• Types of diagnostics ¿ circuit vs rationality vs emissions correlated
    • Emissions thresholds
    • Examples of emissions correlated diagnostics
    • Future developments in OBD (regulation and technology)

  • Simulation: Digital Engineering and Engine System Optimization

    • Fundamentals of engine system simulation
    • Differences, trade-off between and integration of 0D, 1D and 3D simulations
    • Applications of 0D, 1D and 3D simulations in engine system and component developments and optimizations
    • Modeling of air handling system: Turbocharger
    • Modeling of combustion system and aftertreatment
    • Modeling of vehicle thermal management and waste heat recovery system
    • Modeling of engine and hybrid electric vehicle for optimal integration
    • Future of engine control and OBD Modeling

  • Emerging Technologies and Innovative Concepts

Instructor(s): Robert Straub, André Boehman, Philip Dingle, Sarah Funk, Donna Mosher, Vincent Piacenti, Roland Roth, Harold Sun


Bob Straub (Lead Academy Instructor)
Bob is a consultant (DieselBob LLC) with a full career of diesel engine and fuel system experience. Bob initially worked at Detroit Diesel in the area of diesel combustion and fuel systems. His most notable accomplishment was the demonstration and development of the world¿s first production electronic unit injection system for which he earned a General Motors Boss Kettering award and an Engineering Achievement Award from GMI. Bob then became Vice President of Engineering at Diesel Technology Corporation and directed the development of new lines of electronic unit pumps and electronic injectors working with 14 global customers on engines spanning the market from small industrial and truck engines to locomotives. Later, he held a management position at SDST, a Siemens/Navistar start-up joint venture producing hydraulically actuated unit injectors. Bob returned to GM as Technical Fellow for diesel fuel systems and most recently managed GM¿s Advanced Diesel Engineering team in North America. Bob is recognized as an SAE Fellow for his contributions to the development of advanced diesel fuel systems. He holds numerous patents and inventions relative to fuel systems and engines. Bob obtained his B.S. in Mechanical Engineering from General Motors Institute (now Kettering University) and his M.S.M.E. from the University of Michigan.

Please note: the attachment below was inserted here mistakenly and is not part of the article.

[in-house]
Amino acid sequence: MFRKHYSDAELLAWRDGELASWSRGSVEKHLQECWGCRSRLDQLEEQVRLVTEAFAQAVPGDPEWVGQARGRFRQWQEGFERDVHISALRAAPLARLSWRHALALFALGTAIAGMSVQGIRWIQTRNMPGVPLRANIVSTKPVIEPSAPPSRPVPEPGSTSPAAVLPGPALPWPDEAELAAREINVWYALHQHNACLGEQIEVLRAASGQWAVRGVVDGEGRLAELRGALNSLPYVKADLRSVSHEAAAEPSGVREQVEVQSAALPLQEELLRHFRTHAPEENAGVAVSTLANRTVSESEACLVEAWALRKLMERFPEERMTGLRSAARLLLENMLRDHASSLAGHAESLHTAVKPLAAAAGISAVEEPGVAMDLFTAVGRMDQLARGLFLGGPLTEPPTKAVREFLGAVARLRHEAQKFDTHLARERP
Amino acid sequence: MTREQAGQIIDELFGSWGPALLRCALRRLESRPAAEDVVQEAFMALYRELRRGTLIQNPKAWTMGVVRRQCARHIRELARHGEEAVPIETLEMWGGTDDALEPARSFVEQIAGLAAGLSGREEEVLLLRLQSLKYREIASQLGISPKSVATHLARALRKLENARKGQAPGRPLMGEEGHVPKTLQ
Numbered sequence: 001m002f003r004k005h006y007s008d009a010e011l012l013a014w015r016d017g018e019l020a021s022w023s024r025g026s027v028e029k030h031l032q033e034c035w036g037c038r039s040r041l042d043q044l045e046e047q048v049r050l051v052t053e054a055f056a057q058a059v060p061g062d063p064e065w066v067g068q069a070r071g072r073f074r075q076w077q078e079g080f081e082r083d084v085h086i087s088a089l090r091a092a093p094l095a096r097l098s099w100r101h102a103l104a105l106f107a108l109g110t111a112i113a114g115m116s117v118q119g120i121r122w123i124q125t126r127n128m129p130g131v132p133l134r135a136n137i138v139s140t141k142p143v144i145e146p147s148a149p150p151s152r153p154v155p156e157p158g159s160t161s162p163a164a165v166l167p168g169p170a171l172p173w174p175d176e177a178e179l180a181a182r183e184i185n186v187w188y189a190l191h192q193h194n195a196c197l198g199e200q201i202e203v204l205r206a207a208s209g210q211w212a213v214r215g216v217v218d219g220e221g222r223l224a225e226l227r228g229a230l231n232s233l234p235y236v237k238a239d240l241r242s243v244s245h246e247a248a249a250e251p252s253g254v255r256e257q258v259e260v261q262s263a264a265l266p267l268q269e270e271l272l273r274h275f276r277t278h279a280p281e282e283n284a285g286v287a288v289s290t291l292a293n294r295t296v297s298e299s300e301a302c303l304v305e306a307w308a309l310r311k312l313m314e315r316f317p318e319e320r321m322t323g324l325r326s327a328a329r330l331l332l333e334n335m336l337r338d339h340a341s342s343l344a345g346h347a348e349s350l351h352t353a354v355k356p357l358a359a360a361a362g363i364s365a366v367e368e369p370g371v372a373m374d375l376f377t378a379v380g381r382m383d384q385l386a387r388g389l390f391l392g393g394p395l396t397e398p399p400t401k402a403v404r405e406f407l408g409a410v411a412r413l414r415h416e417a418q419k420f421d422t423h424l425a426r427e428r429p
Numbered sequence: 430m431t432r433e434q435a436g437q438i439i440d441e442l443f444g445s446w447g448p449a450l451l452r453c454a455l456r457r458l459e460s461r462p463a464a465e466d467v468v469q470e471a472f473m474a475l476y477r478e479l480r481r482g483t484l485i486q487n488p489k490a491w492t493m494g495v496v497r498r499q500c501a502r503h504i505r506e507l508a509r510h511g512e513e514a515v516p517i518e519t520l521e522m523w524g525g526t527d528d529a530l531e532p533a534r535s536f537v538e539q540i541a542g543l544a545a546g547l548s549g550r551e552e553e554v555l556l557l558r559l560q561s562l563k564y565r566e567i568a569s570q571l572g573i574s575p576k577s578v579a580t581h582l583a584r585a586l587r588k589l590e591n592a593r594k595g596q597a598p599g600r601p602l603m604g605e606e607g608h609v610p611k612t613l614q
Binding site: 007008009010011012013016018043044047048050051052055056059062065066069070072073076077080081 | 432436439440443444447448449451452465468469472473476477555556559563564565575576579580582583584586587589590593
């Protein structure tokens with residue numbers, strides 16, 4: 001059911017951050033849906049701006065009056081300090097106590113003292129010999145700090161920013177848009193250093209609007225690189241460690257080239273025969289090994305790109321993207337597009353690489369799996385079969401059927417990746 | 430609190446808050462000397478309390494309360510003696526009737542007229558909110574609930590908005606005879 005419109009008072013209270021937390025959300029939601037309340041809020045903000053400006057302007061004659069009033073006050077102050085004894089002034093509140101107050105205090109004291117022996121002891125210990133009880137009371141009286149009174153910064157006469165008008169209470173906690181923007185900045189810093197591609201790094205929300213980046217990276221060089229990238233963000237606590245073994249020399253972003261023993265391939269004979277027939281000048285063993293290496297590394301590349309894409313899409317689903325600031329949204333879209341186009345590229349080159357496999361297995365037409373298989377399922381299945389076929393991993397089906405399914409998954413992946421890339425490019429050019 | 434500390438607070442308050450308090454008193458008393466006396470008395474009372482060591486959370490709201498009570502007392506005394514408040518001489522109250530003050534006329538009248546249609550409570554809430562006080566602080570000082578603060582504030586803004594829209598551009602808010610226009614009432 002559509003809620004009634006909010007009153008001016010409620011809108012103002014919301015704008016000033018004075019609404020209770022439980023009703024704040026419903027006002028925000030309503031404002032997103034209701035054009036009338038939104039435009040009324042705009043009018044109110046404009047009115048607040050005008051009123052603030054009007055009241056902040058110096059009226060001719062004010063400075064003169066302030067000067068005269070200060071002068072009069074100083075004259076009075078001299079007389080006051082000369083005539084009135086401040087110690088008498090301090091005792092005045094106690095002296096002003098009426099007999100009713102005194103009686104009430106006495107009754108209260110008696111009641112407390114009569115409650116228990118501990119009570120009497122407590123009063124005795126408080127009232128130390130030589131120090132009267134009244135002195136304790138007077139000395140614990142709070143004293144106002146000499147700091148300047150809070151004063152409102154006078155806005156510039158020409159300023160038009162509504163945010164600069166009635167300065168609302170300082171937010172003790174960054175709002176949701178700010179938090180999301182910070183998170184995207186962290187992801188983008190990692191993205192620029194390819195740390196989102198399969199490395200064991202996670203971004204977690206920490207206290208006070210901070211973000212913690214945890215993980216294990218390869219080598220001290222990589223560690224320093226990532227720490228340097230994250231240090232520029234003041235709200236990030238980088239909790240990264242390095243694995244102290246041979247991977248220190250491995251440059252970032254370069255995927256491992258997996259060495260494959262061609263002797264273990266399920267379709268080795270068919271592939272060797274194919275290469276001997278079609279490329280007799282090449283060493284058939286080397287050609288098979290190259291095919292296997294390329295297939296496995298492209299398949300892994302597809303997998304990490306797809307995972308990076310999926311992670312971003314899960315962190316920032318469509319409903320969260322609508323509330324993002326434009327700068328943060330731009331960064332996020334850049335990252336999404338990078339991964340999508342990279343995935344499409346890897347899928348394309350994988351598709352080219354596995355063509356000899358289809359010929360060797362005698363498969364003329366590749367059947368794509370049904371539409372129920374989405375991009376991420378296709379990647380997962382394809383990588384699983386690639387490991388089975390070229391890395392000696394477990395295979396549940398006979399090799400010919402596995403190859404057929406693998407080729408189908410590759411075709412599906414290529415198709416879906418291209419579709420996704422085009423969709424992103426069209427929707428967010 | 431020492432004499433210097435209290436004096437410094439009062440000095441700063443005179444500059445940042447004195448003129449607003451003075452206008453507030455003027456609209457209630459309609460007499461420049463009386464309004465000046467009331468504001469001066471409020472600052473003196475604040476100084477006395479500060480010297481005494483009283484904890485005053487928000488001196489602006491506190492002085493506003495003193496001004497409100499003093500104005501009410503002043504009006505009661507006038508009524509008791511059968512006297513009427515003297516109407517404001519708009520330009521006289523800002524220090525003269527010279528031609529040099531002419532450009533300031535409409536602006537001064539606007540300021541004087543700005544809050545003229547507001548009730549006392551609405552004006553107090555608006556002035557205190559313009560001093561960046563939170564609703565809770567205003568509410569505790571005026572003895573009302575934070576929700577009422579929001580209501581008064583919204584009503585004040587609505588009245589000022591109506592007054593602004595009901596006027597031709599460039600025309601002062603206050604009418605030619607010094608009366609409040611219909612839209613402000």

André Boehman is a Professor of Mechanical Engineering at the University of Michigan where he is pursuing his research while also serving as the Director of the Walter E. Lay Automotive Laboratory and Associate Director of the Automotive Research Center, a US Army Center of Excellence for modeling and simulation of ground vehicles. He joined the University of Michigan in 2012 after serving for 18 years at Penn State University as a Professor of Fuel Science. Prof. Boehman¿s research interests are in alternative and reformulated fuels, combustion and pollution control. Previously, he served as the Editor in Chief of the Fuel Processing Technology Journal, and presently serves as an Associate Editor for Energy & Fuels. He is a Fellow of SAE International, the American Chemical Society and the American Society of Mechanical Engineers. He is the recipient of the SAE International John Johnson Award for Outstanding Research in Diesel Engines and the SAE International Arch T. Colwell Merit Award; the University of Michigan Mechanical Engineering Department Achievement Award. Prof. Boehman received his M.S. and Ph.D. in Mechanical Engineering from Stanford University and his B.S. in Mechanical Engineering from the University of Dayton. He held a two- year postdoctoral fellowship in the Molecular Physics Laboratory at SRI International, Menlo Park, CA. He has supervised 29 MS theses and 26 doctoral theses at Penn State and Michigan and is presently serving as Chair or Co-Chair on 11 doctoral committees.